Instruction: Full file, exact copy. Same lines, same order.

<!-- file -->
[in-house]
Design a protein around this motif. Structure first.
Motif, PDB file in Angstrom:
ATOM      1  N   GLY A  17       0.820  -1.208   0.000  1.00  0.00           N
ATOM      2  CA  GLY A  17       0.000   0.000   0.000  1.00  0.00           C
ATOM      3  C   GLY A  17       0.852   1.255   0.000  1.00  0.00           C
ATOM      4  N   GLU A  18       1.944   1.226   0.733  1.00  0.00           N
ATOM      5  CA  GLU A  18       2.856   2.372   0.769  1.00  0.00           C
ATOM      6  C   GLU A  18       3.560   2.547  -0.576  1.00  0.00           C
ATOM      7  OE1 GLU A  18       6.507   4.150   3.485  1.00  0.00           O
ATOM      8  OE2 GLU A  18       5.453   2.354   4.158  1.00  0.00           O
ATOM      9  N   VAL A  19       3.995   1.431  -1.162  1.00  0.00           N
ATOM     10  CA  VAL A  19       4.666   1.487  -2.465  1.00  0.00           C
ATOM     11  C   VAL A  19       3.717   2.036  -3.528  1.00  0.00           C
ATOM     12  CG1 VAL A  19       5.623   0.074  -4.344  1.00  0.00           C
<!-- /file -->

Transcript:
[in-house]
Design a protein around this motif. Structure first.
Motif, PDB file in Angstrom:
ATOM      1  N   GLY A  17       0.820  -1.208   0.000  1.00  0.00           N
ATOM      2  CA  GLY A  17       0.000   0.000   0.000  1.00  0.00           C
ATOM      3  C   GLY A  17       0.852   1.255   0.000  1.00  0.00           C
ATOM      4  N   GLU A  18       1.944   1.226   0.733  1.00  0.00           N
ATOM      5  CA  GLU A  18       2.856   2.372   0.769  1.00  0.00           C
ATOM      6  C   GLU A  18       3.560   2.547  -0.576  1.00  0.00           C
ATOM      7  OE1 GLU A  18       6.507   4.150   3.485  1.00  0.00           O
ATOM      8  OE2 GLU A  18       5.453   2.354   4.158  1.00  0.00           O
ATOM      9  N   VAL A  19       3.995   1.431  -1.162  1.00  0.00           N
ATOM     10  CA  VAL A  19       4.666   1.487  -2.465  1.00  0.00           C
ATOM     11  C   VAL A  19       3.717   2.036  -3.528  1.00  0.00           C
ATOM     12  CG1 VAL A  19       5.623   0.074  -4.344  1.00  0.00           C